Featured image: The alien bows on stage after Alien on Stage. (Courtesy of Alien on Stage.)
Directed by Lucy Harvey, Danielle Kummer. Starring (as self) Jason Hill, Lydia Hayward, Jacqui Roe. Runtime 1h 26 min. Alien on Stage had its latest festival stop as part of the Nightstream Film Festival.
Some spoilers follow.
Alien on Stage is the type of film I needed today; a feel-good story about a group of Dorset bus drivers who spend a year creating a stage adaptation of Ridley Scott’s Alien. They’re first-time actors, where they use budget effects and monster design. It’s not supposed to work this well, but it really does. The amateur theatre group usually puts on productions of Robin Hood for pantomime theatre, but they wanted to try something different.
It’s cool learning the cast’s experience with the film, as the stage production’s writer, Luke, says he’d watch Alien with his mom when he was a kid. His mom, Lydia Hayward, also happens to be playing Ripley in the production. On the flip side, some others in the production aren’t super sci-fi fans and have only watched the film once.
The film definitely could have had more scenes of getting to know the actors a bit more and that could be a drawback for some. Directors Lucy Harvey and Danielle Kummer instead decide to solely focus on the production, and I think it works for this documentary because it’s ultra-focused and doesn’t overstay its welcome.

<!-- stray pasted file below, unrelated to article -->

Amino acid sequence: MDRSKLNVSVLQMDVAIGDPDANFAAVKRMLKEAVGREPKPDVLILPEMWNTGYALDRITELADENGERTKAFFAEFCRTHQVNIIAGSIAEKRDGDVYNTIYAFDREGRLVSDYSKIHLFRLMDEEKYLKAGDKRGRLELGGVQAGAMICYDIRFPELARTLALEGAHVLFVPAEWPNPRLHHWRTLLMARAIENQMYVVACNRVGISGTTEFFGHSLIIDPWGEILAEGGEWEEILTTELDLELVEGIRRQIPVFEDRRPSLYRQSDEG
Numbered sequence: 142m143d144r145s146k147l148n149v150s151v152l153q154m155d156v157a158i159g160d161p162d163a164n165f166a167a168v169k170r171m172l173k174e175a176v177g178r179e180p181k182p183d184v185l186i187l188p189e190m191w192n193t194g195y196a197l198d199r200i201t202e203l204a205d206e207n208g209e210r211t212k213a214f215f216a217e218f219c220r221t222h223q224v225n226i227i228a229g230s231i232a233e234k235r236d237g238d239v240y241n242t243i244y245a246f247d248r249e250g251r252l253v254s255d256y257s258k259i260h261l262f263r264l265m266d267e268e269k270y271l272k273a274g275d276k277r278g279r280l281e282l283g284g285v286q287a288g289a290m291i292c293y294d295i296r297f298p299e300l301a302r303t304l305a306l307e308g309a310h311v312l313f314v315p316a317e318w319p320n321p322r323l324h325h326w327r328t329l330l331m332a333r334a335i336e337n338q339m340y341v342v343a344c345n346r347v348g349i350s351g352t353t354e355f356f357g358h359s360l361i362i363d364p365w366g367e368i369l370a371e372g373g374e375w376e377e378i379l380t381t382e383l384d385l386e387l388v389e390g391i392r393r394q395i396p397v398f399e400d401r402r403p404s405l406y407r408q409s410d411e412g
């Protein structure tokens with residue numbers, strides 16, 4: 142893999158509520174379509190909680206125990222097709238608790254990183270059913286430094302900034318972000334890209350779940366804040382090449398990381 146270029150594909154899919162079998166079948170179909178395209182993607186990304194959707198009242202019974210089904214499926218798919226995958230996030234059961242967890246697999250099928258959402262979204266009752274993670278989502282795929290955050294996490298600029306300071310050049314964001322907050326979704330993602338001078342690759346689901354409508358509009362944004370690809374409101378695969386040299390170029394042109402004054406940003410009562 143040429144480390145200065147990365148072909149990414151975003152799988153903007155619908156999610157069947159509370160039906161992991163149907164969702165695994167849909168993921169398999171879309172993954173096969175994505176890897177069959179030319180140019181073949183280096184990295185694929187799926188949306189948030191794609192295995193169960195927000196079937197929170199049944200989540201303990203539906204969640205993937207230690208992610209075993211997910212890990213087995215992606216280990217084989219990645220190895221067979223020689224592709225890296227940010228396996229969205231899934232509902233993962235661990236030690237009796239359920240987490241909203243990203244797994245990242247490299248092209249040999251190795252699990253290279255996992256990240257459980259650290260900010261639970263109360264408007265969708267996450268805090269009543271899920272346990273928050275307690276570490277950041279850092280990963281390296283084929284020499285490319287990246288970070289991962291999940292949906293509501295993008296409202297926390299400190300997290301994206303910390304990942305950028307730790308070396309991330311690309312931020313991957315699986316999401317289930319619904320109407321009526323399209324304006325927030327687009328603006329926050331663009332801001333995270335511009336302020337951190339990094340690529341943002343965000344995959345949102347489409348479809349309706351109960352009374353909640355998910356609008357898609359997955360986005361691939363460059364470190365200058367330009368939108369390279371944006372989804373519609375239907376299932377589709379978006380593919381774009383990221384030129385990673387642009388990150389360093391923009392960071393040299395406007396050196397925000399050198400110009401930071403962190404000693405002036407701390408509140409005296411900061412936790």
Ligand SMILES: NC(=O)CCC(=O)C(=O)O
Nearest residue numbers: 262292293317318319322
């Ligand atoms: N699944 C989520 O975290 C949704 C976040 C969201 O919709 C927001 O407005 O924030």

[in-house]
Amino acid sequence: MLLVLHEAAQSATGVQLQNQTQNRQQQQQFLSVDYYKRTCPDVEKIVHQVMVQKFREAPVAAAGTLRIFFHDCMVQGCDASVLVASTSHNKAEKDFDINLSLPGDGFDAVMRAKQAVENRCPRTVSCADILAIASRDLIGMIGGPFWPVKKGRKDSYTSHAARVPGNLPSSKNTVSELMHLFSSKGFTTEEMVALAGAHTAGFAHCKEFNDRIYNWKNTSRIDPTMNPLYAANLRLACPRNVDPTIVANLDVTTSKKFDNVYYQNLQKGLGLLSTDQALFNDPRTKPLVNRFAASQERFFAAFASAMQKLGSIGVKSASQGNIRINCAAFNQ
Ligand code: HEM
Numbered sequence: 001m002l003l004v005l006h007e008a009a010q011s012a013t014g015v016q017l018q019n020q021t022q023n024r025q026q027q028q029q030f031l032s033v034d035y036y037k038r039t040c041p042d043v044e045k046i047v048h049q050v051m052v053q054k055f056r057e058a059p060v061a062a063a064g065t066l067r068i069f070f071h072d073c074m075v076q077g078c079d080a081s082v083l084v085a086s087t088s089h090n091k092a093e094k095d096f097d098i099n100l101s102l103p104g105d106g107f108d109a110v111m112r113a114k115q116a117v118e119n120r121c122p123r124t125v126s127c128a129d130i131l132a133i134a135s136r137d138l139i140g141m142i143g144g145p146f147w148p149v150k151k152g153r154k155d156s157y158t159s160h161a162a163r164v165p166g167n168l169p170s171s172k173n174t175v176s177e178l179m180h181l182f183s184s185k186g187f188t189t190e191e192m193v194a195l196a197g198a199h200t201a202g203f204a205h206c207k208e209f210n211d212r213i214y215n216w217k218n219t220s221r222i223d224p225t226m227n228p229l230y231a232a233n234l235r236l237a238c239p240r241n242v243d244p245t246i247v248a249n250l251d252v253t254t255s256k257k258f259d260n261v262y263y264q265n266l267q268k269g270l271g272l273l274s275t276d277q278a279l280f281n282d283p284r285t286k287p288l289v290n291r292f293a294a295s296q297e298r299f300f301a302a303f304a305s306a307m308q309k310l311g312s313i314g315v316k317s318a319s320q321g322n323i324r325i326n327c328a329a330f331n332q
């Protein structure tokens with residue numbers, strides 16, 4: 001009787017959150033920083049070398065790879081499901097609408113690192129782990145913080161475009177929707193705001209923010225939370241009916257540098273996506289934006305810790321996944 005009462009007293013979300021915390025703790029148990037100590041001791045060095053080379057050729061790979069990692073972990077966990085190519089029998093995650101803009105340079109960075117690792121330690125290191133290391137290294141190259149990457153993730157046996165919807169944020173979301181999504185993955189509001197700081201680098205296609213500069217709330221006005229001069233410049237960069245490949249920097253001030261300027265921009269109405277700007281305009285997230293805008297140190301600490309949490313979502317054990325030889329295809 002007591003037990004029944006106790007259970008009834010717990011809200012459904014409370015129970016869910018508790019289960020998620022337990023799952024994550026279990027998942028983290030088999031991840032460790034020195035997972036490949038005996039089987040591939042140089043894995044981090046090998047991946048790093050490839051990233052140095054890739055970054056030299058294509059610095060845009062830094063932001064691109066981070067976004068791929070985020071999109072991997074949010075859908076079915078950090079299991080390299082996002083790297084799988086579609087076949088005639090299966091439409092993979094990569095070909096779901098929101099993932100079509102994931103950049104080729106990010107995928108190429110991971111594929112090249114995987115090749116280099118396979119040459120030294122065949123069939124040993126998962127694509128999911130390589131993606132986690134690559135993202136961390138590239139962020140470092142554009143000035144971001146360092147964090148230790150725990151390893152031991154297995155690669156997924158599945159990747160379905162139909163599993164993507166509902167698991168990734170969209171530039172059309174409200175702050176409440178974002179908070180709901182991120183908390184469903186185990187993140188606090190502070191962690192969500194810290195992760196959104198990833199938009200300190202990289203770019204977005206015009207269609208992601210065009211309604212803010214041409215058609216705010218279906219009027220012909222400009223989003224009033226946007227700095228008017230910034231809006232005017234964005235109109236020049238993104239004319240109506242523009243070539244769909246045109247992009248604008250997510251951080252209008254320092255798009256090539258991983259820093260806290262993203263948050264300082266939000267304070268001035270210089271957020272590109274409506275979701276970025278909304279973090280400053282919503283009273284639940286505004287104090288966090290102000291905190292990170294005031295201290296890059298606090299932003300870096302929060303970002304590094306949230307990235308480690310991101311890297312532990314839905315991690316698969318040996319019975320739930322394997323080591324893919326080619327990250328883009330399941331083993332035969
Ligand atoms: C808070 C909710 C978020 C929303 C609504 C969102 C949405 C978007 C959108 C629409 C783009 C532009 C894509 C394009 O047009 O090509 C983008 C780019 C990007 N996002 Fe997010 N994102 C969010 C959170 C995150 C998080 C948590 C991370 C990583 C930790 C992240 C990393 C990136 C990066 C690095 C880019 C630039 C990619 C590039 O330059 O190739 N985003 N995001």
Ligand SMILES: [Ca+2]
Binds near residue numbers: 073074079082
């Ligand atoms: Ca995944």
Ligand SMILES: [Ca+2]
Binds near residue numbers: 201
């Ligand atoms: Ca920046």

The stage production is all impressively put together, from FX guy Pete’s work on the cryochamber, to the titular Alien, to how they stage the chest burster scene, and many more scenes that are good for a laugh. It’s all so cool and charming to see how they depict these moments, and the wait for the chest burster scene is well worth it. It’s also such an interesting production because it’s written rather straight, with dry British humour and a bunch of extra uses of “bitch” from Ripley for good measure. It’s the awkward acting that makes it hilarious and that’s the charm of Alien on Stage.
As well, it’s so inspiring seeing where they’re able to take this amateur play, and play in the Leicester Square Theatre in the West End for 400 people. It feels like a Midnight Madness audience, as everyone who shows up to watch the production loves Alien. There are a lot of laughs in the film, and the audience in the film makes the laughter contagious for us audience members at home.
We don’t feel left out of the film, either, since most of the second half of this documentary is seeing the play, or at least the highlights of it and the major beats from Alien. Perhaps most effective about Alien on Stage is that I never thought, “Man, I’d rather just watch Alien instead.” The documentary instead makes me want to revisit the original film, as it’s obvious these actors love the film and do things accurately. It does make me wonder what magic they could create with Aliens, and what they could do with some of those props.